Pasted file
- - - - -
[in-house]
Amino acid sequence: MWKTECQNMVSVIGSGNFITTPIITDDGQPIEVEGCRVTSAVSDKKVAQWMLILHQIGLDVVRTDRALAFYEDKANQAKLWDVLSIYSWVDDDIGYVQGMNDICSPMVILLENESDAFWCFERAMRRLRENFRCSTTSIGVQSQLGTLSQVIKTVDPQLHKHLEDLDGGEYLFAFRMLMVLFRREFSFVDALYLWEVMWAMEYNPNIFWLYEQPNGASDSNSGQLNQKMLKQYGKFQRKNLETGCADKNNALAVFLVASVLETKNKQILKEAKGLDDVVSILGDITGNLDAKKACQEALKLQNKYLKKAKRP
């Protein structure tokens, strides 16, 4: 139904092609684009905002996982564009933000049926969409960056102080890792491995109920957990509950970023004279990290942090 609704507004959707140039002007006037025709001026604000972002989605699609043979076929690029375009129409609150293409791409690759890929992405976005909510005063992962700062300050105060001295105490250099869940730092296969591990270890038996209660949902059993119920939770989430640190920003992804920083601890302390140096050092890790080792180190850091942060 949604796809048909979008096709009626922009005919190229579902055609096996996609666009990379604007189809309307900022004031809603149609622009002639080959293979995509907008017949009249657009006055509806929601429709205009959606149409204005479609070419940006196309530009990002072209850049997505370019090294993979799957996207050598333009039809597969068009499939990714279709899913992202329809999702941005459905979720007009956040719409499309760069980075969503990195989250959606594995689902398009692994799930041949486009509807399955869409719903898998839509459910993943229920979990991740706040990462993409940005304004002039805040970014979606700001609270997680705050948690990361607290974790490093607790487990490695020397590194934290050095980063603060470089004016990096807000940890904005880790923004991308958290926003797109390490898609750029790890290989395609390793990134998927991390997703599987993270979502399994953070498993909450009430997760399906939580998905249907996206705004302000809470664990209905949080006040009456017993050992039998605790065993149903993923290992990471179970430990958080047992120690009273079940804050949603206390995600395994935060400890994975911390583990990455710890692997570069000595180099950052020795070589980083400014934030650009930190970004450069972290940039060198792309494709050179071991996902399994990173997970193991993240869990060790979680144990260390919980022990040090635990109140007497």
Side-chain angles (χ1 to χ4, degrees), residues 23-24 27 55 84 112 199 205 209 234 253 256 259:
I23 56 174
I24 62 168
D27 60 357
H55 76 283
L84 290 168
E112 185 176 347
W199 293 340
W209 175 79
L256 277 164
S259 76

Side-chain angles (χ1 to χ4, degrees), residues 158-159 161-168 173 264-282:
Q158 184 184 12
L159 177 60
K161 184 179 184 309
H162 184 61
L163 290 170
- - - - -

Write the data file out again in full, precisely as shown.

[in-house]
Amino acid sequence: MWKTECQNMVSVIGSGNFITTPIITDDGQPIEVEGCRVTSAVSDKKVAQWMLILHQIGLDVVRTDRALAFYEDKANQAKLWDVLSIYSWVDDDIGYVQGMNDICSPMVILLENESDAFWCFERAMRRLRENFRCSTTSIGVQSQLGTLSQVIKTVDPQLHKHLEDLDGGEYLFAFRMLMVLFRREFSFVDALYLWEVMWAMEYNPNIFWLYEQPNGASDSNSGQLNQKMLKQYGKFQRKNLETGCADKNNALAVFLVASVLETKNKQILKEAKGLDDVVSILGDITGNLDAKKACQEALKLQNKYLKKAKRP
């Protein structure tokens, strides 16, 4: 139904092609684009905002996982564009933000049926969409960056102080890792491995109920957990509950970023004279990290942090 609704507004959707140039002007006037025709001026604000972002989605699609043979076929690029375009129409609150293409791409690759890929992405976005909510005063992962700062300050105060001295105490250099869940730092296969591990270890038996209660949902059993119920939770989430640190920003992804920083601890302390140096050092890790080792180190850091942060 949604796809048909979008096709009626922009005919190229579902055609096996996609666009990379604007189809309307900022004031809603149609622009002639080959293979995509907008017949009249657009006055509806929601429709205009959606149409204005479609070419940006196309530009990002072209850049997505370019090294993979799957996207050598333009039809597969068009499939990714279709899913992202329809999702941005459905979720007009956040719409499309760069980075969503990195989250959606594995689902398009692994799930041949486009509807399955869409719903898998839509459910993943229920979990991740706040990462993409940005304004002039805040970014979606700001609270997680705050948690990361607290974790490093607790487990490695020397590194934290050095980063603060470089004016990096807000940890904005880790923004991308958290926003797109390490898609750029790890290989395609390793990134998927991390997703599987993270979502399994953070498993909450009430997760399906939580998905249907996206705004302000809470664990209905949080006040009456017993050992039998605790065993149903993923290992990471179970430990958080047992120690009273079940804050949603206390995600395994935060400890994975911390583990990455710890692997570069000595180099950052020795070589980083400014934030650009930190970004450069972290940039060198792309494709050179071991996902399994990173997970193991993240869990060790979680144990260390919980022990040090635990109140007497």
Side-chain angles (χ1 to χ4, degrees), residues 23-24 27 55 84 112 199 205 209 234 253 256 259:
I23 56 174
I24 62 168
D27 60 357
H55 76 283
L84 290 168
E112 185 176 347
W199 293 340
W209 175 79
L256 277 164
S259 76

Side-chain angles (χ1 to χ4, degrees), residues 158-159 161-168 173 264-282:
Q158 184 184 12
L159 177 60
K161 184 179 184 309
H162 184 61
L163 290 170